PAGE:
This past summer I received a letter from The Children’s Hospital in Seattle. The letter informed me that due to cleaning routines not being followed properly any child seen between 2011 and 2015 were at risk for contracting HIV and/or Hepatitis. They said the risk was low but they were informing all patients and their families and paying for blood tests. I was scared!
At the time my son, Salvatore, was 4 years old and had been seen at The Children’s Hospital on two separate occasions. The first time being when he was 1 year old. He had developed a crossed eye all of a sudden. It was weird and worrysome so I took him in to our doctor to have him checked out. He seemed healthy but she made some calls and we decided to have him seen at Children’s to rule out any brain damage. That was a scary time! They ended up putting my little guy to sleep to do a cat scan and spinal tap. All the results came back that he was normal and healthy. They concluded that a nerve in his eye had been affected from a virus and stopped working properly. After a couple weeks his eye function went completely back to normal, as they predicted. That day was full of worry! It was also extremely hectic running around from doctor to doctor and finding care for my other three children while I focused on my baby.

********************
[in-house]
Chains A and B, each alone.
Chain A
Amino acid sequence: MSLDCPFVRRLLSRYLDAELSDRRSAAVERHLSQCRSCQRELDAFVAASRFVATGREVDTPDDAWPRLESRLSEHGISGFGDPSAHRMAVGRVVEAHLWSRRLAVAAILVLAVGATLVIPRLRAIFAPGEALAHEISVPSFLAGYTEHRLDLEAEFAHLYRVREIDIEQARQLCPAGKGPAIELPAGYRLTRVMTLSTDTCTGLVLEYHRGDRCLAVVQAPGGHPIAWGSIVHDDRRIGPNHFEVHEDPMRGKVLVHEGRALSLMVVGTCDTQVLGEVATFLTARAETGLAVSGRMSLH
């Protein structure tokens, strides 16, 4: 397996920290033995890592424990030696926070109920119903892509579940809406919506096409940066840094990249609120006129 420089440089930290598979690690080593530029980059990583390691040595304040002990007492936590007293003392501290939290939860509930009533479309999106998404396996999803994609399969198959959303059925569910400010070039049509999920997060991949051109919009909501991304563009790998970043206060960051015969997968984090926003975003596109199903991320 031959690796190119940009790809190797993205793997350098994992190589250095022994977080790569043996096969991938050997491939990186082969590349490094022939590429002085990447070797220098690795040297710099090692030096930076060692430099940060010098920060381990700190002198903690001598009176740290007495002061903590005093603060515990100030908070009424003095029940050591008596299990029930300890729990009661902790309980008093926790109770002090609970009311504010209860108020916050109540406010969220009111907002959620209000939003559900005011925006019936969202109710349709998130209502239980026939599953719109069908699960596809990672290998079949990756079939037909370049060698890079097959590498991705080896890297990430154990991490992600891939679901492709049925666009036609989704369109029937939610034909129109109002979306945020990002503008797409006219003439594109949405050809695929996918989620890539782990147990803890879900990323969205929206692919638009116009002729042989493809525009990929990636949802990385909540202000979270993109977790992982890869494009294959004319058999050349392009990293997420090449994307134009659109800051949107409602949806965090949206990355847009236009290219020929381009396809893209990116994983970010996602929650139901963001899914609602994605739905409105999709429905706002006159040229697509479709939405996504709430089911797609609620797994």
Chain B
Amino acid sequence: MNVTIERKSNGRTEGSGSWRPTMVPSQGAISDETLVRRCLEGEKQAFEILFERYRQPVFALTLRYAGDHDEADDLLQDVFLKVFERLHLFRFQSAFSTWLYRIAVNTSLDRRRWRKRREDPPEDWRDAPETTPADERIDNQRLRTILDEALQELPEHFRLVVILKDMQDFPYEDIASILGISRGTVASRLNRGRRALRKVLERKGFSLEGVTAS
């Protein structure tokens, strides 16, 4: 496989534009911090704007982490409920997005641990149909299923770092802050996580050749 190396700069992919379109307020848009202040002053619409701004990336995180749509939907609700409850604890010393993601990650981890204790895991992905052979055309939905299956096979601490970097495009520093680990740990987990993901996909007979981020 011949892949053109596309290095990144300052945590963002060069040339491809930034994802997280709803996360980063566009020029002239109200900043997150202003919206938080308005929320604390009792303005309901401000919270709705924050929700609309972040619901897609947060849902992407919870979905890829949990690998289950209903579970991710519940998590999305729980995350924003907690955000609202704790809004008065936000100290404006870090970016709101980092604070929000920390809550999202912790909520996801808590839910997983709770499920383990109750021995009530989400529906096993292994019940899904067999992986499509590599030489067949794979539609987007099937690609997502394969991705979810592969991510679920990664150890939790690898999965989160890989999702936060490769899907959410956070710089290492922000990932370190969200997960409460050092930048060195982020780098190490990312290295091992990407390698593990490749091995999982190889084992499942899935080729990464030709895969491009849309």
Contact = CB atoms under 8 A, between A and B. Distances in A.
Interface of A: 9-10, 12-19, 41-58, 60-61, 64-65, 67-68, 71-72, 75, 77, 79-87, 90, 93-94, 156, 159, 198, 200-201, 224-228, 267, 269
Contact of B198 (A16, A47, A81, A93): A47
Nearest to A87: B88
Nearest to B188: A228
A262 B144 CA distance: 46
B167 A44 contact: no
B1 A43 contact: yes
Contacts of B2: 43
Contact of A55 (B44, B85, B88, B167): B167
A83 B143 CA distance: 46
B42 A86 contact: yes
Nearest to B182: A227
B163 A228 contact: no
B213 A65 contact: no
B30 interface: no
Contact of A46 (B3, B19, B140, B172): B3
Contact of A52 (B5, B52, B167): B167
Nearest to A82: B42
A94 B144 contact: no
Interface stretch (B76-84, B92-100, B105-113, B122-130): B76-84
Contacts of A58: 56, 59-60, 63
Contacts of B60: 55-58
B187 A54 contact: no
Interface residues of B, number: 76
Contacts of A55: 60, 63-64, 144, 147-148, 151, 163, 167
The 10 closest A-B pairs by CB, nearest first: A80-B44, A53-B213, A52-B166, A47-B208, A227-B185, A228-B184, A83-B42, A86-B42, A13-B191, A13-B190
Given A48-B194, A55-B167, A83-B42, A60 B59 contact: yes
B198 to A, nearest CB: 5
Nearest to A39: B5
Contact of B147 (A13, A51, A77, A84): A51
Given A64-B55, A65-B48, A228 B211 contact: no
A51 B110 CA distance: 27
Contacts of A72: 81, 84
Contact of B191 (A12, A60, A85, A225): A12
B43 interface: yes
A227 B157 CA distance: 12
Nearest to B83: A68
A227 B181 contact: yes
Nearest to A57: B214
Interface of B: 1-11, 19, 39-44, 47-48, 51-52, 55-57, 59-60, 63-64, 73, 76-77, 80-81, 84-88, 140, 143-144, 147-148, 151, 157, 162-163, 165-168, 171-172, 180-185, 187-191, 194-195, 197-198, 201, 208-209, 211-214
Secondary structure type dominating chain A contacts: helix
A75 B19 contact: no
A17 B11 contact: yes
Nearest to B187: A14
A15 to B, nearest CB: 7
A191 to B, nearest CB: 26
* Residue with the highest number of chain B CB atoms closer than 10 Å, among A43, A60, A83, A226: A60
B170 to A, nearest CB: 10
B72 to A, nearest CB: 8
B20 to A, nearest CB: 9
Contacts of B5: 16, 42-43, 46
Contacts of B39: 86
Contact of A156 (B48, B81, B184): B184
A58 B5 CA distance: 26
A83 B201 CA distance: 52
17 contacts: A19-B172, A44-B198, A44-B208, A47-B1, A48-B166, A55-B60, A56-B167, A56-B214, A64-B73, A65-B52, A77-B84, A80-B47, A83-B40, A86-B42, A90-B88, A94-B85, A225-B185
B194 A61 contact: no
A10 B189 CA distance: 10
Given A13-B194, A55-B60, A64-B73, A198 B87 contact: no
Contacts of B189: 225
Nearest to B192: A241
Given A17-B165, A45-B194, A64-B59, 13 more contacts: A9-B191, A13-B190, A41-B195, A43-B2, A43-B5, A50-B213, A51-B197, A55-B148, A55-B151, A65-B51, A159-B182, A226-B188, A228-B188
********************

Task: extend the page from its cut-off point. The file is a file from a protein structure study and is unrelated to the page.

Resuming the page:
Our second procedure came about when Salvatore was 3 years old. It was soon after his 3rd birthday that we had scheduled a routine surgery to bring his undescended testicle down in to his scrotum. The doctor assured us it would be a quick and easy procedure as his testicle was down, it had just missed the correct position so it was sort of floating just outside the scrotal sack. 🙂 poor guy, telling all his secrets! The operation day came and I had care arranged for his 3 older siblings. Our baby came with us but dad came along to help out. I wanted to be able to be there just for Sal as he went asleep and woke up after his operation. Every thing went extremely well and Sal got to wake up to some presents. He was trying to get up out of the bed to walk around almost immediately. He was still a bit wobbly but after a bit I let him up and just helped him so he wouldn’t fall. I imagined he might be in pain but as soon as we were home he wanted to be up playing. I could hardly keep him down over the next couple of days. He was back to bouncing off the furniture and walls! Sally is a very energetic boy!